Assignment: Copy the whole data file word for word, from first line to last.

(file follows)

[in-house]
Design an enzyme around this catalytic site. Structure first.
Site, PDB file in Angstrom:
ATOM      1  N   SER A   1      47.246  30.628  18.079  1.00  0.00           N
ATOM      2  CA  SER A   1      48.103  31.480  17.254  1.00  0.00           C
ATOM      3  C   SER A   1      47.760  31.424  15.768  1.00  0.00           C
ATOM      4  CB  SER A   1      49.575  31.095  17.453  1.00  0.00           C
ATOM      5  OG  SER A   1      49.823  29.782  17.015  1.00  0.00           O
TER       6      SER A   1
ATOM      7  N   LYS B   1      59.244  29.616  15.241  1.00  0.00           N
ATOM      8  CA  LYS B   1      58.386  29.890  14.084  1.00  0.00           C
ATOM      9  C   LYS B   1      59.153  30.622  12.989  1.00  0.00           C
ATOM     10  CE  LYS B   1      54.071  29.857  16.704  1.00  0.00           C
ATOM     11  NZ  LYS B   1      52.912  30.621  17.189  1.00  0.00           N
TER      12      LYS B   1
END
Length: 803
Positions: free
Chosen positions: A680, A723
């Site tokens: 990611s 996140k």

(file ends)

[in-house]
Design an enzyme around this catalytic site. Structure first.
Site, PDB file in Angstrom:
ATOM      1  N   SER A   1      47.246  30.628  18.079  1.00  0.00           N
ATOM      2  CA  SER A   1      48.103  31.480  17.254  1.00  0.00           C
ATOM      3  C   SER A   1      47.760  31.424  15.768  1.00  0.00           C
ATOM      4  CB  SER A   1      49.575  31.095  17.453  1.00  0.00           C
ATOM      5  OG  SER A   1      49.823  29.782  17.015  1.00  0.00           O
TER       6      SER A   1
ATOM      7  N   LYS B   1      59.244  29.616  15.241  1.00  0.00           N
ATOM      8  CA  LYS B   1      58.386  29.890  14.084  1.00  0.00           C
ATOM      9  C   LYS B   1      59.153  30.622  12.989  1.00  0.00           C
ATOM     10  CE  LYS B   1      54.071  29.857  16.704  1.00  0.00           C
ATOM     11  NZ  LYS B   1      52.912  30.621  17.189  1.00  0.00           N
TER      12      LYS B   1
END
Length: 803
Positions: free
Chosen positions: A680, A723
């Site tokens: 990611s 996140k």